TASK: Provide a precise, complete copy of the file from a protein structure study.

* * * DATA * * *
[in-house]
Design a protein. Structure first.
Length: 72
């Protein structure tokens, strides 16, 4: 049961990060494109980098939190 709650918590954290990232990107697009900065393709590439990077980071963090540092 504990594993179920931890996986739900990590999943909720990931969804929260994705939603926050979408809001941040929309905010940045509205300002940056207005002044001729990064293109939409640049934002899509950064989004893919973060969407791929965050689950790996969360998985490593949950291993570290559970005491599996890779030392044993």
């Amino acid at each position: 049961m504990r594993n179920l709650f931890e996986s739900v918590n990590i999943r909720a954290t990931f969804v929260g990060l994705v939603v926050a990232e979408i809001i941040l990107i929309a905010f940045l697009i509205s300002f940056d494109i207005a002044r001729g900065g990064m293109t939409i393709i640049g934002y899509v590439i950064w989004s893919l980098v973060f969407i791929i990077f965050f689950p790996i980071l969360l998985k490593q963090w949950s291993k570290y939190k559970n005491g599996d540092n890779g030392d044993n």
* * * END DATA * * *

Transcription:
[in-house]
Design a protein. Structure first.
Length: 72
């Protein structure tokens, strides 16, 4: 049961990060494109980098939190 709650918590954290990232990107697009900065393709590439990077980071963090540092 504990594993179920931890996986739900990590999943909720990931969804929260994705939603926050979408809001941040929309905010940045509205300002940056207005002044001729990064293109939409640049934002899509950064989004893919973060969407791929965050689950790996969360998985490593949950291993570290559970005491599996890779030392044993």
């Amino acid at each position: 049961m504990r594993n179920l709650f931890e996986s739900v918590n990590i999943r909720a954290t990931f969804v929260g990060l994705v939603v926050a990232e979408i809001i941040l990107i929309a905010f940045l697009i509205s300002f940056d494109i207005a002044r001729g900065g990064m293109t939409i393709i640049g934002y899509v590439i950064w989004s893919l980098v973060f969407i791929i990077f965050f689950p790996i980071l969360l998985k490593q963090w949950s291993k570290y939190k559970n005491g599996d540092n890779g030392d044993n």